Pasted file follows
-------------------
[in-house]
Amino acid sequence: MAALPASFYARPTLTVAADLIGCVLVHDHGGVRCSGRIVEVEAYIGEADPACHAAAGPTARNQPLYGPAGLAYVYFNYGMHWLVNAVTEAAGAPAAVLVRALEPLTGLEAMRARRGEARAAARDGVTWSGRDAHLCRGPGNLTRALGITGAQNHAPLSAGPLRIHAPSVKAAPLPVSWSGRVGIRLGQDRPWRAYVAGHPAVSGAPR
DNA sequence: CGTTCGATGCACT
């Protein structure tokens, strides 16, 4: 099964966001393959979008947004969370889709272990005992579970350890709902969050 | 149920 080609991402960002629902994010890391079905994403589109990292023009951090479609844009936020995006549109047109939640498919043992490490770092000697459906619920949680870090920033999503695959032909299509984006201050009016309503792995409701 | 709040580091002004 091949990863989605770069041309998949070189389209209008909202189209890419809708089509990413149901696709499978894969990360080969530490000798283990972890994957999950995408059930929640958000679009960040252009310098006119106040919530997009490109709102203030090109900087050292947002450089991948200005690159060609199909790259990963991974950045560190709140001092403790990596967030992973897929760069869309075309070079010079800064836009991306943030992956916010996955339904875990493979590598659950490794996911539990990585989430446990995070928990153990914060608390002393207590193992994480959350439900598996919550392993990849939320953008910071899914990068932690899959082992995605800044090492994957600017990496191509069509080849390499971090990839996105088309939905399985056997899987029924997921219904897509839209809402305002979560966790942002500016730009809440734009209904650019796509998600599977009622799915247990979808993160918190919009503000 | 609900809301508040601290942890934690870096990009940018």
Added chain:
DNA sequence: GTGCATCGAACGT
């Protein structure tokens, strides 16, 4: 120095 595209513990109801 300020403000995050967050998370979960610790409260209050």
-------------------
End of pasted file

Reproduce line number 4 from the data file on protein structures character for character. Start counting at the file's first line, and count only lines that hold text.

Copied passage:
């Protein structure tokens, strides 16, 4: 099964966001393959979008947004969370889709272990005992579970350890709902969050 | 149920 080609991402960002629902994010890391079905994403589109990292023009951090479609844009936020995006549109047109939640498919043992490490770092000697459906619920949680870090920033999503695959032909299509984006201050009016309503792995409701 | 709040580091002004 091949990863989605770069041309998949070189389209209008909202189209890419809708089509990413149901696709499978894969990360080969530490000798283990972890994957999950995408059930929640958000679009960040252009310098006119106040919530997009490109709102203030090109900087050292947002450089991948200005690159060609199909790259990963991974950045560190709140001092403790990596967030992973897929760069869309075309070079010079800064836009991306943030992956916010996955339904875990493979590598659950490794996911539990990585989430446990995070928990153990914060608390002393207590193992994480959350439900598996919550392993990849939320953008910071899914990068932690899959082992995605800044090492994957600017990496191509069509080849390499971090990839996105088309939905399985056997899987029924997921219904897509839209809402305002979560966790942002500016730009809440734009209904650019796509998600599977009622799915247990979808993160918190919009503000 | 609900809301508040601290942890934690870096990009940018």